plumbing

[pluhm-ing]

noun

the system of pipes and other apparatus for conveying water, liquid wastes, etc., as in a building.
the work or trade of a plumber.
act of a person who plumbs, as in ascertaining depth.

Nearby words

  1. plumber's snake,
  2. plumbery,
  3. plumbic,
  4. plumbicon,
  5. plumbiferous,
  6. plumbism,
  7. plumbo-,
  8. plumbous,
  9. plumbous oxide,
  10. plumbum

Origin of plumbing

First recorded in 1660–70; plumb + -ing1

plumb

[pluhm]

noun

a small mass of lead or other heavy material, as that suspended by a line and used to measure the depth of water or to ascertain a vertical line.Compare plumb line.

adjective Also plum.

true according to a plumb line perpendicular.
Informal. downright or absolute.

adverb Also plum.

in a perpendicular or vertical direction.
exactly, precisely, or directly.
Informal. completely or absolutely: She was plumb mad. You're plumb right.

verb (used with object)

to test or adjust by a plumb line.
to make vertical.
Shipbuilding. horn(def 32).
to sound with or as with a plumb line.
to measure (depth) by sounding.
to examine closely in order to discover or understand: to plumb someone's thoughts.
to seal with lead.
to weight with lead.
to provide (a house, building, apartment, etc.) with plumbing.

verb (used without object)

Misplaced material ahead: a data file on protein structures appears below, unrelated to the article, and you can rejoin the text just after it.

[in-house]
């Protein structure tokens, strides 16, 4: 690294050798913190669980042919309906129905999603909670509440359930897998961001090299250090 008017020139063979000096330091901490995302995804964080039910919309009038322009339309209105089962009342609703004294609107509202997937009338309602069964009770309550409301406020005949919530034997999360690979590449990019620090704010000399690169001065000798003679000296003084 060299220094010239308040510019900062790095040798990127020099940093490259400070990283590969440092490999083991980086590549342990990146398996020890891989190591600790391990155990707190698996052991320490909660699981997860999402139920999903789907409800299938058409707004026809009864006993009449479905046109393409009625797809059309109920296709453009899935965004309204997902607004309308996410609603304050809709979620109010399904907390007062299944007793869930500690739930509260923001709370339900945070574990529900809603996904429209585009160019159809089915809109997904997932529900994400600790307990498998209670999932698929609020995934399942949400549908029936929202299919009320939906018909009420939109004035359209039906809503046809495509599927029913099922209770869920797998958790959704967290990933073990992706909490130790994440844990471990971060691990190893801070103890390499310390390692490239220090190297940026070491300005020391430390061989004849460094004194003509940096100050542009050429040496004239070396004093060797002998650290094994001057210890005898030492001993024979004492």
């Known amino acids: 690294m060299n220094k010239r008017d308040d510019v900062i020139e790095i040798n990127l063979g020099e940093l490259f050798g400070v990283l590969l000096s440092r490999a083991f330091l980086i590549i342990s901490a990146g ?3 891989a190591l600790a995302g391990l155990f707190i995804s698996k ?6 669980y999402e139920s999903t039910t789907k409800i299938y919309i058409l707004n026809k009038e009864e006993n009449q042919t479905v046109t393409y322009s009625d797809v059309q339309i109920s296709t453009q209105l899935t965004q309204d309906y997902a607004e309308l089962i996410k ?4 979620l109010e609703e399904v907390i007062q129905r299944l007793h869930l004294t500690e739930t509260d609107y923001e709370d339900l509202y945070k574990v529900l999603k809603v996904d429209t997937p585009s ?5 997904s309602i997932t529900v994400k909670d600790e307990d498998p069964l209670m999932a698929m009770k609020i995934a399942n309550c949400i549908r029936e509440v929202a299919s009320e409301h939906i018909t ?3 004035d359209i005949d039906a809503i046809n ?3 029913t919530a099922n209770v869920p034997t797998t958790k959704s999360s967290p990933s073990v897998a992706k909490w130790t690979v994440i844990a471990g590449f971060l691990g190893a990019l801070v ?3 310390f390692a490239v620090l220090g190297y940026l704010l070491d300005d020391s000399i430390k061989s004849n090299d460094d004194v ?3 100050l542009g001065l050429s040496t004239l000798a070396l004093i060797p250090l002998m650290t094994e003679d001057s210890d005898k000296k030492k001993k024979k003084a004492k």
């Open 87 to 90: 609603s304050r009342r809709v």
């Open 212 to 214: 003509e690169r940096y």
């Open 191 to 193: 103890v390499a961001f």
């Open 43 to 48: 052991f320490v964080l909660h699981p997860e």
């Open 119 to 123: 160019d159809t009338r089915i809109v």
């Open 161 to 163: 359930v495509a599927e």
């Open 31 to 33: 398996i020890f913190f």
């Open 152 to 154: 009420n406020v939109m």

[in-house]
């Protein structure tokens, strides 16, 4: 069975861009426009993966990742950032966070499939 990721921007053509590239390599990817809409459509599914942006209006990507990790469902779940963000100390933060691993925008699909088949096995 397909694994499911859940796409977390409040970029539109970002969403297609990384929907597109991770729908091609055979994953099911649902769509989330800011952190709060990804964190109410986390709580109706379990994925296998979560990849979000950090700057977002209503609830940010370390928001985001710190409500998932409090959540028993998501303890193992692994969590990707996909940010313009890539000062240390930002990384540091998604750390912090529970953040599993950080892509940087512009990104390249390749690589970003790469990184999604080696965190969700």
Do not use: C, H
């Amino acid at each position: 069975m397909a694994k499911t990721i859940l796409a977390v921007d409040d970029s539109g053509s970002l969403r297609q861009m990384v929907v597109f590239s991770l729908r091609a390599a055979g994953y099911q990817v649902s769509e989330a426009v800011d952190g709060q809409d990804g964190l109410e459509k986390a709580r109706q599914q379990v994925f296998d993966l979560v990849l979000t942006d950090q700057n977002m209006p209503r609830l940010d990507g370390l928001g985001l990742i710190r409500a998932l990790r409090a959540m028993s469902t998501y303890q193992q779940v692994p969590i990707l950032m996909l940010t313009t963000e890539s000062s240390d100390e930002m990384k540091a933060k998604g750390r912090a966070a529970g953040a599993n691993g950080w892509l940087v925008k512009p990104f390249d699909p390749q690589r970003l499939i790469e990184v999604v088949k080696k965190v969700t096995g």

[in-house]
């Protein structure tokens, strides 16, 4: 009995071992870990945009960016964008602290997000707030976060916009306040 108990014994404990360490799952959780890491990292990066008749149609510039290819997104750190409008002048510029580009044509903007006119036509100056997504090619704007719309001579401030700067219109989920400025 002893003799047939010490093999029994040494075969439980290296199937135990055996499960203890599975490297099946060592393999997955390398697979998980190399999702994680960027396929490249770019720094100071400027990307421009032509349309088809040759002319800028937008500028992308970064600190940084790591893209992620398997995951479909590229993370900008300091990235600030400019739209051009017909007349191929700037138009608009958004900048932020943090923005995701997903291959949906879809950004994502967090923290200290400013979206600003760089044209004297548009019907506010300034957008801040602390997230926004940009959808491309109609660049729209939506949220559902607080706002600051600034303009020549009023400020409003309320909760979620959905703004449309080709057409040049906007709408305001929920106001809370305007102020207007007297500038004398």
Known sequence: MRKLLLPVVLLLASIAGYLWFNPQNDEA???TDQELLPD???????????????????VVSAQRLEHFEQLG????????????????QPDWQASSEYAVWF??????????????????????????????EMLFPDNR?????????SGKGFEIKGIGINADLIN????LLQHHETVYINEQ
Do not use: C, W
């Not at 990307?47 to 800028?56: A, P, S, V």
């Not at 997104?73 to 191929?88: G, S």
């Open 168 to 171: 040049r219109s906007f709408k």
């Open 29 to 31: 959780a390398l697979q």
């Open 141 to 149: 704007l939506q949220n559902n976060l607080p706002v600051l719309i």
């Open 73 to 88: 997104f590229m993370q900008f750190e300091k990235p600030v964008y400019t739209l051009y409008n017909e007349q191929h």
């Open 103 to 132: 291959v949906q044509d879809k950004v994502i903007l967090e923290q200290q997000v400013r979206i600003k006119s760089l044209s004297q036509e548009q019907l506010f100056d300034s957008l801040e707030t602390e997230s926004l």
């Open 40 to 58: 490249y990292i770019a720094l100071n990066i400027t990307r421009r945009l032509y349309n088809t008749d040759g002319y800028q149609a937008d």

to work as a plumber.

Origin of plumb

1250–1300; Middle English plumbe, probably < Anglo-French *plombe < Vulgar Latin *plumba, for Latin plumbum lead

Related forms
Can be confusedplum plumb

Dictionary.com Unabridged Based on the Random House Unabridged Dictionary, © Random House, Inc. 2019

Examples from the Web for plumbing


British Dictionary definitions for plumbing

plumbing

noun

Also called: plumbery the trade or work of a plumber
the pipes, fixtures, etc, used in a water, drainage, or gas installation
the act or procedure of using a plumb to gauge depth, a vertical, etc

plumb

noun

a weight, usually of lead, suspended at the end of a line and used to determine water depth or verticality
the perpendicular position of a freely suspended plumb line (esp in the phrases out of plumb, off plumb)

adjective Also: plum

(prenominal) informal, mainly US (intensifier)a plumb nuisance

adverb Also: plum

in a vertical or perpendicular line
informal, mainly US (intensifier)plumb stupid
informal exactly; precisely (also in the phrase plumb on)

verb

(tr often foll by up) to test the alignment of or adjust to the vertical with a plumb line
(tr) to undergo or experience (the worst extremes of misery, sadness, etc)to plumb the depths of despair
(tr) to understand or master (something obscure)to plumb a mystery
to connect or join (a device such as a tap) to a water pipe or drainage system
Derived Formsplumbable, adjective

Word Origin for plumb

C13: from Old French plomb (unattested) lead line, from Old French plon lead, from Latin plumbum lead

Collins English Dictionary - Complete & Unabridged 2012 Digital Edition © William Collins Sons & Co. Ltd. 1979, 1986 © HarperCollins Publishers 1998, 2000, 2003, 2005, 2006, 2007, 2009, 2012

Word Origin and History for plumbing
Online Etymology Dictionary, © 2010 Douglas Harper